November 29, 2022
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NCAA rescinds guidance on midseason transfers that confounded coaches, compliance personnel

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The NCAA on Friday rescinded a ruling issued earlier this week that appeared to shut down the transfer portal at the conclusion of the fall semester, confounding college football coaches and compliance personnel across the country. In walking back their guidance, players will be able to transfer between semesters, enrolling in new schools and playing for those programs in the spring despite confusion otherwise.

Legislation adopted in August indicated there will be no room for programs to add undergraduate transfers between semesters given annual financial aid limits for 85 scholarship players. That would have left in limbo potentially thousands of athletes who had already entered the portal expecting to enroll and begin practicing at a new school at the start of the spring semester.

One compliance veteran described the situation as such: The portal is full of athletes going seeking an open door. The effect of current NCAA language is that all doors will be closed.

“What that means is they’re effectively shutting down the portal,” a distressed Power Five head coach told CBS Sports. “It’s a cluster.”

The NCAA did not respond to a request for clarification Thursday. However, documents distributed to NCAA members on Tuesday were removed from the association’s website Thursday afternoon with the guidance change coming Friday.

Under NCAA rules, a football team that has reached its annual limit of 85 scholarships can replace some of those players between semesters under an assortment of circumstances: transfers, ineligibility, graduation, quitting the team. What the distributed documents stated was that no four-year transfer could come in as a replacement and count against that sport’s annual scholarship maximum.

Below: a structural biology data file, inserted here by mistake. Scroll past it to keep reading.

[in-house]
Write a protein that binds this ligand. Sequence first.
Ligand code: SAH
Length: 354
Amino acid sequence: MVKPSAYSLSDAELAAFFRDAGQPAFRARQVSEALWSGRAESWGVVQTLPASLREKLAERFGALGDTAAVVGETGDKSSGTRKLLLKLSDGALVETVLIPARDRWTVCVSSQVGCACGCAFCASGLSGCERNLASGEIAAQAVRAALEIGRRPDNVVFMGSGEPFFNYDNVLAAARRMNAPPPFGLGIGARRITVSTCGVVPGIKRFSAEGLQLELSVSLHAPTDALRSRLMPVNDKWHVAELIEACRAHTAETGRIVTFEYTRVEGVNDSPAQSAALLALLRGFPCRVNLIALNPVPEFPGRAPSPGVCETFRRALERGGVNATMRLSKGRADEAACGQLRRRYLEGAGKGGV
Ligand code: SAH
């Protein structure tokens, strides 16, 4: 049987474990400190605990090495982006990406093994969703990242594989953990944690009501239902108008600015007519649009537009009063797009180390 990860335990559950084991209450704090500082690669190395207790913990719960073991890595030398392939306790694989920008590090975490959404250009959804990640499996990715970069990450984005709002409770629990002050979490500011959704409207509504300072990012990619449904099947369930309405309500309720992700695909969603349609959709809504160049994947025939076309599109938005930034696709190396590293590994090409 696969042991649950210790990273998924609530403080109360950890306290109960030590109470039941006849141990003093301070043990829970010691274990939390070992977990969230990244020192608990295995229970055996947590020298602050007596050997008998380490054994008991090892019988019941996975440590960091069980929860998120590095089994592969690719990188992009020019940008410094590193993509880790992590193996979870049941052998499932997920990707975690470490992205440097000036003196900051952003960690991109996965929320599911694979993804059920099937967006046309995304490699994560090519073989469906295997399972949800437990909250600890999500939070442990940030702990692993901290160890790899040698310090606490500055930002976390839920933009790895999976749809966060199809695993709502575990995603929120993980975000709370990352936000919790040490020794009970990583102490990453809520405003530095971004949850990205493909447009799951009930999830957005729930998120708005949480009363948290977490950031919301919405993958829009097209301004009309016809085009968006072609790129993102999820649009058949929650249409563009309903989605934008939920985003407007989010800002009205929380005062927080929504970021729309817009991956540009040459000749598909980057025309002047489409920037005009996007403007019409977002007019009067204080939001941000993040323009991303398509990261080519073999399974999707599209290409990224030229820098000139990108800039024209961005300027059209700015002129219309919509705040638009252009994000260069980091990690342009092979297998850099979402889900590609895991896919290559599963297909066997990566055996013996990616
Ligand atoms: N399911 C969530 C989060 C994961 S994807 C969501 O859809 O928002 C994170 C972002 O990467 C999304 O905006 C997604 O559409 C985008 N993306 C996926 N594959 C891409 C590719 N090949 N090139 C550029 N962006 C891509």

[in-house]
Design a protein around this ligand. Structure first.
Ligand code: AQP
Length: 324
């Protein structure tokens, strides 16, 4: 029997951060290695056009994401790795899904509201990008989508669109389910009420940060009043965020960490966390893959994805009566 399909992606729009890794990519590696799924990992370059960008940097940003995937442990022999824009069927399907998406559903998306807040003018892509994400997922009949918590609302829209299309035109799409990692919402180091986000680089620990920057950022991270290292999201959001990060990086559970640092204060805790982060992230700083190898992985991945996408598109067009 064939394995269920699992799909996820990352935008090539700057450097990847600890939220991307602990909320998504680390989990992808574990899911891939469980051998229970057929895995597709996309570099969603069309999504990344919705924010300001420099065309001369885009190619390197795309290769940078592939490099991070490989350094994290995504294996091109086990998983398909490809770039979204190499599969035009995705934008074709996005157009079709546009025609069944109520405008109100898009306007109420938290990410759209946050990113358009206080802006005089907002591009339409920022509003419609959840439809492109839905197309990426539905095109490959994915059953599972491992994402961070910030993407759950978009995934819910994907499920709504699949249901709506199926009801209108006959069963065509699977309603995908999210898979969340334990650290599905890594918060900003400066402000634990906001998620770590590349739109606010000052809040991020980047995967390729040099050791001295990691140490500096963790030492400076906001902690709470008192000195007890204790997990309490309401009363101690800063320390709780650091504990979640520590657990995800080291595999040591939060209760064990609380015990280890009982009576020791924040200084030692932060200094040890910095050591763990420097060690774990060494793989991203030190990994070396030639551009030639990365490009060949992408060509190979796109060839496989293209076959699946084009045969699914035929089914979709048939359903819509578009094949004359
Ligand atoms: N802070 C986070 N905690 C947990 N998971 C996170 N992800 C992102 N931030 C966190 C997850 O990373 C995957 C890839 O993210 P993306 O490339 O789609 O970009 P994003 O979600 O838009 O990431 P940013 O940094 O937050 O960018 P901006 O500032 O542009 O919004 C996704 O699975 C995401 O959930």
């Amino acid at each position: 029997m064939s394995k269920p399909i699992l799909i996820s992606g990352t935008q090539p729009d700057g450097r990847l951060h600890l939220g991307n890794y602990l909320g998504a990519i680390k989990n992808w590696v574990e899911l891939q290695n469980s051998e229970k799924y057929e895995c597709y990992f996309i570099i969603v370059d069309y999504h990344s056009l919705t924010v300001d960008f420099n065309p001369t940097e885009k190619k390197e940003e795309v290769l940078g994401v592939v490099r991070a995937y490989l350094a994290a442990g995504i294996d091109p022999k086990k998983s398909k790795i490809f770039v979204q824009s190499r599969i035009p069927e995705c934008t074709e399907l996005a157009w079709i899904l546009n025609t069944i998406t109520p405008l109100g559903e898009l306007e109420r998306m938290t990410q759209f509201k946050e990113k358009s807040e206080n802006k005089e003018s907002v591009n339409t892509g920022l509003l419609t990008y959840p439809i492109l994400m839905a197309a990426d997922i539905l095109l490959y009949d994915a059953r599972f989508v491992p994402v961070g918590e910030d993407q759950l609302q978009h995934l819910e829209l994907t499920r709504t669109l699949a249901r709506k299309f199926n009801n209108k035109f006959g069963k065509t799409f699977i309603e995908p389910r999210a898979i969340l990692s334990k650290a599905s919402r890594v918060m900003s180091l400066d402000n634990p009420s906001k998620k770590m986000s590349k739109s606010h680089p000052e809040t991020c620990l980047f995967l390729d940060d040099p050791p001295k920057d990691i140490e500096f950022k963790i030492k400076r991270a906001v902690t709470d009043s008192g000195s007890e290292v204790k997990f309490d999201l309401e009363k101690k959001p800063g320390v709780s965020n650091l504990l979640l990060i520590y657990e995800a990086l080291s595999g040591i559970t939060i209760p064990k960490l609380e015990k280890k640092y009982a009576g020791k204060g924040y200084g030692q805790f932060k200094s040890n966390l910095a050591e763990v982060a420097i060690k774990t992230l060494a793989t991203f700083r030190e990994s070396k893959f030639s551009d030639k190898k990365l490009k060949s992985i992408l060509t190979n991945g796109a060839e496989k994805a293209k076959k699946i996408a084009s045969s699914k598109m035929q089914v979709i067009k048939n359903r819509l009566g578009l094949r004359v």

The only students who could have replaced those lost scholarships, then, would have been incoming high school athletes and graduate transfers. Such a circumstance would have been counter to the current movement toward NCAA deregulation and a more athlete-friendly environment; it could have also potentially triggered legal challenges.

“Compliance governance people in conference offices across the country, their phones started blowing up,” said a NCAA compliance expert who spoke with CBS Sports under the condition of anonymity. “What [the NCAA] has in here caught a lot of people off guard.”

What was termed “guidance” in two NCAA documents sent out earlier this week was contrary to what most coaches, compliance officers and administrators understood Proposal 2022-20 to be. In late August, the NCAA Board of Directors 2022-20 established transfer windows in all sports. An NCAA Division I Question and Answer Document dated Tuesday propositions whether “an incoming undergraduate four-year transfer [can] replace a counter [departed athlete] using an existing exception?”

The answer from the NCAA: “No.”

One compliance source called that determination “a record screech.”

Typically, schools replacing departed athletes between semesters are allowed to count that scholarship toward the next academic year if they are surpassing their maximum allotment of scholarships. In football, that is 85 annually with a limit of 25 per recruiting class. In men’s basketball, that number is 13 annually and unlimited up to that number in any given recruiting class.





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